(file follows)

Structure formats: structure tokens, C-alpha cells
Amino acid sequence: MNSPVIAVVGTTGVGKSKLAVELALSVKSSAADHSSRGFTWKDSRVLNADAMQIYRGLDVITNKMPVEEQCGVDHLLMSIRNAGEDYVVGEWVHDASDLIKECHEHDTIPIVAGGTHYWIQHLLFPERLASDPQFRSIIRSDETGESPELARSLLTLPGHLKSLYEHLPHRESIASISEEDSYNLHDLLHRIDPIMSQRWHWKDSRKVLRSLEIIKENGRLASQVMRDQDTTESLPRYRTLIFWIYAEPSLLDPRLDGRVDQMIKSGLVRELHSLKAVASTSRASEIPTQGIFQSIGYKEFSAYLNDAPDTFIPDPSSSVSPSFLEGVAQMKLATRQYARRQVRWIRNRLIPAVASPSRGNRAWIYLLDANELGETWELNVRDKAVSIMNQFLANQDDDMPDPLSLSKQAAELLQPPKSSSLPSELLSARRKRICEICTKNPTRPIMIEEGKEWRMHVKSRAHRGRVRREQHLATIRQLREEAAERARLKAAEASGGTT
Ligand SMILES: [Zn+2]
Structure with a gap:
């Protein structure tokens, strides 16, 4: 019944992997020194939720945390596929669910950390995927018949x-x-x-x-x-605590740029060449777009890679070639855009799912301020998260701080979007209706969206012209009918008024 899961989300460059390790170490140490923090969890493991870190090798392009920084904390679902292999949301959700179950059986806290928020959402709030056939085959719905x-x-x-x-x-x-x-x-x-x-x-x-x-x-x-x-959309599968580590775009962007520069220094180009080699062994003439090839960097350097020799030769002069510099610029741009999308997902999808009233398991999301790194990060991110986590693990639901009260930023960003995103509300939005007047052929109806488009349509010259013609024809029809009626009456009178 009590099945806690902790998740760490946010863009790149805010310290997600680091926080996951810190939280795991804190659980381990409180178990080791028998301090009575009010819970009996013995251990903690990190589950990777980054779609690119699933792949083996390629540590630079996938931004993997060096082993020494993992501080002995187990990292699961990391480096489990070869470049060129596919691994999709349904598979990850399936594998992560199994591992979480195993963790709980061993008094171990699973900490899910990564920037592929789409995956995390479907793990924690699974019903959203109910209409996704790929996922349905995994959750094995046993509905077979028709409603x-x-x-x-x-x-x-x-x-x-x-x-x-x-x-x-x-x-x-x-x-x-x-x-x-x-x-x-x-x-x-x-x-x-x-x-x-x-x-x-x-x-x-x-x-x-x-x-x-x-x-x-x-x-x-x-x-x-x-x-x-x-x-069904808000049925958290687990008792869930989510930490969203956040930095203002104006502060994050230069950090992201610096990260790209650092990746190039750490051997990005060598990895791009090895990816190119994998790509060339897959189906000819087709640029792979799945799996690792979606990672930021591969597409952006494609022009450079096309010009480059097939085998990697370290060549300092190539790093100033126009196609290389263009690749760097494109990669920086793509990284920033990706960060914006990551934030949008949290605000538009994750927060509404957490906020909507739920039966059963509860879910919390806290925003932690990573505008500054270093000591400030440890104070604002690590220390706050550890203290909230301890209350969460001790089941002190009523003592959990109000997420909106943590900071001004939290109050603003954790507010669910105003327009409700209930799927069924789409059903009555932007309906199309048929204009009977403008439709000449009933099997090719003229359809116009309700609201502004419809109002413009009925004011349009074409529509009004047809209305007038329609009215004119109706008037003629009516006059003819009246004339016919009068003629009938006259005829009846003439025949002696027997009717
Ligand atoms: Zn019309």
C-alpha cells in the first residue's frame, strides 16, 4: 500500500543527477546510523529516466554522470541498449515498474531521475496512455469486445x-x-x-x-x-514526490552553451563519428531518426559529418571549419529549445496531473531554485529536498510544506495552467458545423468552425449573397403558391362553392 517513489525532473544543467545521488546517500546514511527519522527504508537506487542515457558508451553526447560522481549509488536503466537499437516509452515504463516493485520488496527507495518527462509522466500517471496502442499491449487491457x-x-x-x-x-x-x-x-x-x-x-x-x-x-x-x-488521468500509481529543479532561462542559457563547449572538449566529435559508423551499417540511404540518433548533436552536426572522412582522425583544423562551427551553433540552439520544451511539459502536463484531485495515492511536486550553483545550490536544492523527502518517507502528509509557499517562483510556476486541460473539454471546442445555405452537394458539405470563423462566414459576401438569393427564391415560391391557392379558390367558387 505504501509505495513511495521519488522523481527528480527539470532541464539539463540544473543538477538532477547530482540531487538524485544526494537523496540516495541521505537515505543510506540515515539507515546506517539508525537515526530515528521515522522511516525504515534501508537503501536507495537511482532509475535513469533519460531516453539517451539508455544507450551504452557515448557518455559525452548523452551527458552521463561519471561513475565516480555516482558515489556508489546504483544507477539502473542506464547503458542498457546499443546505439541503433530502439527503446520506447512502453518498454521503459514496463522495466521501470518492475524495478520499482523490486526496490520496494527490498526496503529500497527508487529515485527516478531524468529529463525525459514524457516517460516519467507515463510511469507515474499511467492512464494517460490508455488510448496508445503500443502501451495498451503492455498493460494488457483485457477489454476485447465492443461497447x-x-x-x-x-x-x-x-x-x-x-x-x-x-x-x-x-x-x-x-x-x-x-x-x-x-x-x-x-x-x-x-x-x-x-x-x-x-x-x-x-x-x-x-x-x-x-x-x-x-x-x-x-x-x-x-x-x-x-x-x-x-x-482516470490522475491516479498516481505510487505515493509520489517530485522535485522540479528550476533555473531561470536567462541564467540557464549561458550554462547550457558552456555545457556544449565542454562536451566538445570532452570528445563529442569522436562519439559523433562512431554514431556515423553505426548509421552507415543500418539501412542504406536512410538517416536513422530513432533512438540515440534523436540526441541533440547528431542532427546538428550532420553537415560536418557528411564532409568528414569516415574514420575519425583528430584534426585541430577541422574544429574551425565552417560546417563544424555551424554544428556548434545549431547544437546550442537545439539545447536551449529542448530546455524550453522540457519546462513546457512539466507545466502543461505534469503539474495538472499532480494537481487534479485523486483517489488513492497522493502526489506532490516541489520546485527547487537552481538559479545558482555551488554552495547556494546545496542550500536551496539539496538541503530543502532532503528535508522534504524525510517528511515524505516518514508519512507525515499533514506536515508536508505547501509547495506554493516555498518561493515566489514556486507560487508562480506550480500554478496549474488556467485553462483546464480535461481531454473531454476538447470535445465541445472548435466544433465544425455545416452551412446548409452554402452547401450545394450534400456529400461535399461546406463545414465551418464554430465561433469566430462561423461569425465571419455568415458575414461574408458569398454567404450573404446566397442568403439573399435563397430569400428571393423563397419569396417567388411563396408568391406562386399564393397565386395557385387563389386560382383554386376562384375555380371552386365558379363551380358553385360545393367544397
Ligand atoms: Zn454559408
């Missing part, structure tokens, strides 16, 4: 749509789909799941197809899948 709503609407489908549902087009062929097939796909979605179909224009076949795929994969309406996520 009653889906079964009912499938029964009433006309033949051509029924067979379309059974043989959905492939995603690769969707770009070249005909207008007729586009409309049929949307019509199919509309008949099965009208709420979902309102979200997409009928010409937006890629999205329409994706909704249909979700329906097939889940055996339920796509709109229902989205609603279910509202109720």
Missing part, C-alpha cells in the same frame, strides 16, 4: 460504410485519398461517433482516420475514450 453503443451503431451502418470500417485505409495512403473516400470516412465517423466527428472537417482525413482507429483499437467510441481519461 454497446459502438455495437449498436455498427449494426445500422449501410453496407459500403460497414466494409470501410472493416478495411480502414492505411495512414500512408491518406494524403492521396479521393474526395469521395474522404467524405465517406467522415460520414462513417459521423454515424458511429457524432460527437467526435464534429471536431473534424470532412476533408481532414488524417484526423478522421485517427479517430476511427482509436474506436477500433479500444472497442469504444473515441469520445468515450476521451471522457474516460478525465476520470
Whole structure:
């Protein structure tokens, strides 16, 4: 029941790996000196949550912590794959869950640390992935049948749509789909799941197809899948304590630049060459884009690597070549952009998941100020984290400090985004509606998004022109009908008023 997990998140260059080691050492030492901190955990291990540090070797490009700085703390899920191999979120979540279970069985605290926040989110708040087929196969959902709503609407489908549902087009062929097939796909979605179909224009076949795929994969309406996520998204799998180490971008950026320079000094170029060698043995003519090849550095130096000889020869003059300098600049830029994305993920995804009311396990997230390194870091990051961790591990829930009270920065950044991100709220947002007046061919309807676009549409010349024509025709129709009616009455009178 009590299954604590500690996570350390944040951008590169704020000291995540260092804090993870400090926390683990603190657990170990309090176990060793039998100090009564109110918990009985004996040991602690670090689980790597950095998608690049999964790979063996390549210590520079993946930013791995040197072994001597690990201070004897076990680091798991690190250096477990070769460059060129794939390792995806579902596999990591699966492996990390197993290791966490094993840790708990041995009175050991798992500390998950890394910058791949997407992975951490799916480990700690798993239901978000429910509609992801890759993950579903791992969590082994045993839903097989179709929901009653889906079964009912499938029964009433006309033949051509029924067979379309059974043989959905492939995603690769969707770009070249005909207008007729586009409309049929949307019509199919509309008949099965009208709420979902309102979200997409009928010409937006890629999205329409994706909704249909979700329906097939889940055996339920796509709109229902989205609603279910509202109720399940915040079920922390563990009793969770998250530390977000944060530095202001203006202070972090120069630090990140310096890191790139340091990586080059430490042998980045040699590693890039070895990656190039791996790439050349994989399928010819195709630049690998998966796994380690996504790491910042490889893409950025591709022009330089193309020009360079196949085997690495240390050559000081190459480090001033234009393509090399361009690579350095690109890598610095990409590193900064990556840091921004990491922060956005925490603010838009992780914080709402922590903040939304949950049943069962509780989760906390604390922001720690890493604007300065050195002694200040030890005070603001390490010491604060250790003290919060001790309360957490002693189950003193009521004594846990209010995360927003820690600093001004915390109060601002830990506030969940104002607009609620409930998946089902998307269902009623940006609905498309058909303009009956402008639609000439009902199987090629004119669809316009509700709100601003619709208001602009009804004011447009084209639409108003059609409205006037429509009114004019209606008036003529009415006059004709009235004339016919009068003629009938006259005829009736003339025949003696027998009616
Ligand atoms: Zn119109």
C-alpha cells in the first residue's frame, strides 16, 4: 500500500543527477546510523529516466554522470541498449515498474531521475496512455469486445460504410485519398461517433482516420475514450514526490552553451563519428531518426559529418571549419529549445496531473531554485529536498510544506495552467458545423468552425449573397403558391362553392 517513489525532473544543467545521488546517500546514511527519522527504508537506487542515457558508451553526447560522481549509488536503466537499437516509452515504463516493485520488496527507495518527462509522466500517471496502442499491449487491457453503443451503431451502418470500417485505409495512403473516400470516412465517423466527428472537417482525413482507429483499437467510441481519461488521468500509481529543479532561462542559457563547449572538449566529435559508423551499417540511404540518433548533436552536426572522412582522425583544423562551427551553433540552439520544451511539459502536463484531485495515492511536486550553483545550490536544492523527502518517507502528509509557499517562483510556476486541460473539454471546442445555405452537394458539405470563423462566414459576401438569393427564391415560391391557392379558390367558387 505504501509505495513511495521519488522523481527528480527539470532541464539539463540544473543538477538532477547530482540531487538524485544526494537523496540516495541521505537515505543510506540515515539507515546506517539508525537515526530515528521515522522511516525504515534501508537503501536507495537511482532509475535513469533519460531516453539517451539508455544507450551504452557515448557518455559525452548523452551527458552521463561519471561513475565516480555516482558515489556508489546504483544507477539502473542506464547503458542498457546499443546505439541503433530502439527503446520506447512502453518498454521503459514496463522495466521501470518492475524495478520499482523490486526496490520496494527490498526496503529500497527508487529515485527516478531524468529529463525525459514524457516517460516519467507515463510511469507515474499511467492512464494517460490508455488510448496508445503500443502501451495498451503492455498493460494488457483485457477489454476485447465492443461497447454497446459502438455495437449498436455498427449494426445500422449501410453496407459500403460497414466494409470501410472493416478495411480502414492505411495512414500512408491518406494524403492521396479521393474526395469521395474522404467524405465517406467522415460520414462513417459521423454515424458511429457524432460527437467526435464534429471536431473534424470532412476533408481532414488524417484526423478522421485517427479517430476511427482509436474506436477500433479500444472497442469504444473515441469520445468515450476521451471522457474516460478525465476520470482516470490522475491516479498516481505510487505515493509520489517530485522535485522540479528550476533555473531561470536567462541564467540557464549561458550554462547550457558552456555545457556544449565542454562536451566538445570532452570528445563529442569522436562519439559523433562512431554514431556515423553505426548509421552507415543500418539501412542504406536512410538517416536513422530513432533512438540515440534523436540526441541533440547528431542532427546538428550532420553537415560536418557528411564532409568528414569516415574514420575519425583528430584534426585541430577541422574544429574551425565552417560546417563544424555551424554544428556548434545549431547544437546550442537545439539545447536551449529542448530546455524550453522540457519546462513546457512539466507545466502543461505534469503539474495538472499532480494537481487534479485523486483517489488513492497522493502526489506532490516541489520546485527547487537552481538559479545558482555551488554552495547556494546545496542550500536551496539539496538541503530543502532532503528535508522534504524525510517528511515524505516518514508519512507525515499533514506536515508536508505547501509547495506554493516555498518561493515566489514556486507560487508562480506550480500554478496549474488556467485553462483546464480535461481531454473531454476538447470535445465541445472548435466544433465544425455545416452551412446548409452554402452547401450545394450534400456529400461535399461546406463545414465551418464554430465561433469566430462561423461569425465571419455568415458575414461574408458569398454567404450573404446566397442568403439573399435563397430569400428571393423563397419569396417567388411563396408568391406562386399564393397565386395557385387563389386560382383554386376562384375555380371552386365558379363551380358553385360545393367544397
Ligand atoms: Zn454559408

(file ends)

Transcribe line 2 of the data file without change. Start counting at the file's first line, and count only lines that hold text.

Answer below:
Amino acid sequence: MNSPVIAVVGTTGVGKSKLAVELALSVKSSAADHSSRGFTWKDSRVLNADAMQIYRGLDVITNKMPVEEQCGVDHLLMSIRNAGEDYVVGEWVHDASDLIKECHEHDTIPIVAGGTHYWIQHLLFPERLASDPQFRSIIRSDETGESPELARSLLTLPGHLKSLYEHLPHRESIASISEEDSYNLHDLLHRIDPIMSQRWHWKDSRKVLRSLEIIKENGRLASQVMRDQDTTESLPRYRTLIFWIYAEPSLLDPRLDGRVDQMIKSGLVRELHSLKAVASTSRASEIPTQGIFQSIGYKEFSAYLNDAPDTFIPDPSSSVSPSFLEGVAQMKLATRQYARRQVRWIRNRLIPAVASPSRGNRAWIYLLDANELGETWELNVRDKAVSIMNQFLANQDDDMPDPLSLSKQAAELLQPPKSSSLPSELLSARRKRICEICTKNPTRPIMIEEGKEWRMHVKSRAHRGRVRREQHLATIRQLREEAAERARLKAAEASGGTT